7. an = 4n – 3, a17, a24.

Sol. We have, an = 4n – 3

Substituting n = 17,

a17 = 4 × 17 – 3 = 68 – 3 = 65

Substituting n = 24,

a24 = 4 × 24 –3 = 96 – 3 = 93.

$$\textbf{8.}\space \textbf{a}_\textbf{n}=\frac{\textbf{n}^\textbf{2}}{\textbf{2}^\textbf{n}};\textbf{a}_\textbf{7}\textbf{.}\\\textbf{Sol.}\space\text{We have,}\space a_n=\frac{n^2}{2^n}$$

Substituting n = 7

$$a_7=\frac{7^2}{2^7}=\frac{49}{128}$$

9. an = (– 1)n – 1 n3, a9.

Sol. We have, an = (– 1)n– 1 n3

Substituting n = 9,

a9 = (– 1)9 – 1 93 = (– 1)8 × 9 × 9 × 9 = 729

$$\textbf{10.}\space \textbf{a}_\textbf{n}=\frac{\textbf{n(n-2)}}{\textbf{n+3}};\textbf{a}_{\textbf{20}}\textbf{.}\\\textbf{Sol.}\space\text{We have,}\space a_n=\frac{n(n-2)}{n+3}\\\text{Substituting n = 20,}\\a_{20}=\frac{20(20-2)}{20+3}\\a_{20}=\frac{20×18}{23}=\frac{360}{23}.$$

Write the first five terms of each of the sequences in Exercises 11 to 13 and obtain the corresponding series.

11. a1 = 3, an = 3an – 1 + 2 for all n > 1

Sol. We have, a1 = 3, an = 3an – 1 + 2, for all n > 1

Substituting n = 2, a2 = 3a2 – 1 + 2

⇒ a2 = 3a1 + 2 = 3 × (3) + 2 = 9 + 2 = 11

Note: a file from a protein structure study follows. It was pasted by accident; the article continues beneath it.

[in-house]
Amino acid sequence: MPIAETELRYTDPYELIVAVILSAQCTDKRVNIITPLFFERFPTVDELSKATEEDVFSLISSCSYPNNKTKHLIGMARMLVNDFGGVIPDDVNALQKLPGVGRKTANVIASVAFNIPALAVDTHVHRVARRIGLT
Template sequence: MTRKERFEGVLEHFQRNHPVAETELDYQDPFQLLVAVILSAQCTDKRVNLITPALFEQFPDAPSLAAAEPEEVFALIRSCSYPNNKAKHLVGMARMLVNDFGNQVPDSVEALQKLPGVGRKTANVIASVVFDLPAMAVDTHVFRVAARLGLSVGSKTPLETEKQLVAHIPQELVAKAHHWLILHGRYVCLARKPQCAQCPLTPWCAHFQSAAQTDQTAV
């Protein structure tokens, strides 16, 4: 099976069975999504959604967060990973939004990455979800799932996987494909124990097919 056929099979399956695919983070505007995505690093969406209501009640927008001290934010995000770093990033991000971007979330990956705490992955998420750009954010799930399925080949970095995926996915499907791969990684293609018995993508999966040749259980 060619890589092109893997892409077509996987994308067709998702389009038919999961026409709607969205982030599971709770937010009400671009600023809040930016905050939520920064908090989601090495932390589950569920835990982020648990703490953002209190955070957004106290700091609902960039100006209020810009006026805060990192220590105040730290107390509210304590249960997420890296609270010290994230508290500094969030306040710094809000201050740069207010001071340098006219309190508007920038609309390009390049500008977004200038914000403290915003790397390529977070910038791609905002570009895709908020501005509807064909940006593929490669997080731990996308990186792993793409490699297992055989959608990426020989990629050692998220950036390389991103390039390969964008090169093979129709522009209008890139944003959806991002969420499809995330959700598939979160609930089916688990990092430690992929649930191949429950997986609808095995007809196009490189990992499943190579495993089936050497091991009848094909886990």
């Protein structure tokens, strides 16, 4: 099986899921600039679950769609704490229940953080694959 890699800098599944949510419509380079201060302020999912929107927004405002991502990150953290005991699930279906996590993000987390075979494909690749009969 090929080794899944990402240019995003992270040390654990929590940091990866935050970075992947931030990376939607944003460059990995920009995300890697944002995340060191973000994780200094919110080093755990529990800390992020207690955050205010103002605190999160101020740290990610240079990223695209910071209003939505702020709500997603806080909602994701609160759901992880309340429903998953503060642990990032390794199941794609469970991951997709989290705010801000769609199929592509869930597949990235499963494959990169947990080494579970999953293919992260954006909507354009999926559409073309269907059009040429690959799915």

Substituting n = 3, a3 = 3a3 – 1 + 2 = 3a2 + 2 = 3(11) + 2 = 33 + 2 = 35

Substituting n = 4, a4 = 3a4 – 1 + 2 = 3a3 + 2 = 3 × 35 + 2 = 105 + 2 = 107

Substituting n = 5, a5 = 3 × a5 – 1 + 2 = 3a4 + 2 = 3 × 107 + 2 = 321 + 2 = 323

Thus, the required first five term are 3, 11, 35, 107

and 323.

∴ Series is 3 + 11 + 35 + 107 + 323 …

$$\textbf{12.}\space \textbf{a}_\textbf{1}\textbf{=-1},\textbf{a}_\textbf{n}=\frac{\textbf{a}_\textbf{n-1}}{\textbf{n}},\textbf{n}\geq\textbf{2.}\\\textbf{Sol.}\space\text{We have}\space a_1=-1,a_n=\frac{a_n-1}{n}\\\text{Substituting n = 2,}\\a_2=\frac{a_2-1}{2}=\frac{a_1}{2}=\frac{-1}{2}\\\text{Substituting n = 3,}\\a_3=\frac{a_3-1}{3}=\frac{a_2}{3}\\a_3=\bigg(\frac{-1}{2}\bigg).\frac{1}{3}=\frac{-1}{6}\\\text{ Substituting n = 4}\\a_4=\frac{a_4-1}{4}=\frac{a_3}{4}$$

$$a_4=\bigg(\frac{-1}{6}\bigg).\frac{1}{4}=\frac{-1}{24}\\\text{Substituting n = 5,}\\a_5=\frac{a_5-1}{5}=\frac{a_4}{5}\\a_5=\bigg(\frac{-1}{24}\bigg)\frac{1}{5}=\frac{-1}{120}\\\text{Thus first give terms of the sequence are}\\-1,\frac{-1}{2},\frac{-1}{6},\frac{-1}{24},\frac{-1}{120}\\\text{Hence corresponding series is}\\-1+\bigg(\frac{\normalsize-1}{2}\bigg)+\bigg(\frac{-1}{6}\bigg)+\bigg(\frac{-1}{24}\bigg)+\bigg(\frac{-1}{120}\bigg)+...$$

13. a1 = a2 = 2, an = an – 1 – 1, n > 2.

Sol. We have, a1 = a2 = 2

and an = an – 1 – 1, n > 2

Substituting n = 3,

a3 = a3 – 1 – 1 = a2 – 1 = 2 – 1 = 1

Substituting n = 4,

a4 = a4 – 1 – 1

= a3 – 1 = 1 – 1 = 0

Substituting n = 5,

a5 = a5 – 1 – 1 = a4 – 1 = 0 – 1 = – 1

Hence, the first five terms are 2, 2, 1, 0 and – 1

∴ Series is 2 + 2 + 1 + 0 + (– 1) + …

14. The Fibonacci sequence is defined by 1 = a1 = a2 and an = an – 1 + an – 2, n > 2.

$$\textbf{Find}\space\frac{\textbf{a}_{\textbf{n+1}}}{\textbf{a}_\textbf{n}},\textbf{for n= 1, 2, 3, 4, 5}\textbf{.}$$

Sol. Here, 1 = a1 = a2

an = an – 1 + an – 2, n > 2

Substituting n = 3, 4, 5, 6